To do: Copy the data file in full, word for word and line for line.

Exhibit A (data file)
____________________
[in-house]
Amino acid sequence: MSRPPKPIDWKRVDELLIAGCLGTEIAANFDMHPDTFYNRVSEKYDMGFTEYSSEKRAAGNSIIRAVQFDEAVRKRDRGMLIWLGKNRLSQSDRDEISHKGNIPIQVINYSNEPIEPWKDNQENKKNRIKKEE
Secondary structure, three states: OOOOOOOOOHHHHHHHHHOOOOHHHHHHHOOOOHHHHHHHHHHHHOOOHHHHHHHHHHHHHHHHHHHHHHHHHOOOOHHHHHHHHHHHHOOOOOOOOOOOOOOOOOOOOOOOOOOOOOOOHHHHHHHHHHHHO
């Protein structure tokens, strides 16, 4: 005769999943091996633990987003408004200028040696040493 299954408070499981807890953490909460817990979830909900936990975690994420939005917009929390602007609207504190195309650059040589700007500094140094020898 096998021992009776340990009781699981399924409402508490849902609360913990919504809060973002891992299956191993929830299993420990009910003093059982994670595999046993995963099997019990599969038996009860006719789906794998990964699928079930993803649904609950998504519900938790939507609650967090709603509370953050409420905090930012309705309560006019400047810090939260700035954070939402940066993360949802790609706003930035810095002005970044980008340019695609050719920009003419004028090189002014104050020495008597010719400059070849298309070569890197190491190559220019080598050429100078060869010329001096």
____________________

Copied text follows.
[in-house]
Amino acid sequence: MSRPPKPIDWKRVDELLIAGCLGTEIAANFDMHPDTFYNRVSEKYDMGFTEYSSEKRAAGNSIIRAVQFDEAVRKRDRGMLIWLGKNRLSQSDRDEISHKGNIPIQVINYSNEPIEPWKDNQENKKNRIKKEE
Secondary structure, three states: OOOOOOOOOHHHHHHHHHOOOOHHHHHHHOOOOHHHHHHHHHHHHOOOHHHHHHHHHHHHHHHHHHHHHHHHHOOOOHHHHHHHHHHHHOOOOOOOOOOOOOOOOOOOOOOOOOOOOOOOHHHHHHHHHHHHO
């Protein structure tokens, strides 16, 4: 005769999943091996633990987003408004200028040696040493 299954408070499981807890953490909460817990979830909900936990975690994420939005917009929390602007609207504190195309650059040589700007500094140094020898 096998021992009776340990009781699981399924409402508490849902609360913990919504809060973002891992299956191993929830299993420990009910003093059982994670595999046993995963099997019990599969038996009860006719789906794998990964699928079930993803649904609950998504519900938790939507609650967090709603509370953050409420905090930012309705309560006019400047810090939260700035954070939402940066993360949802790609706003930035810095002005970044980008340019695609050719920009003419004028090189002014104050020495008597010719400059070849298309070569890197190491190559220019080598050429100078060869010329001096």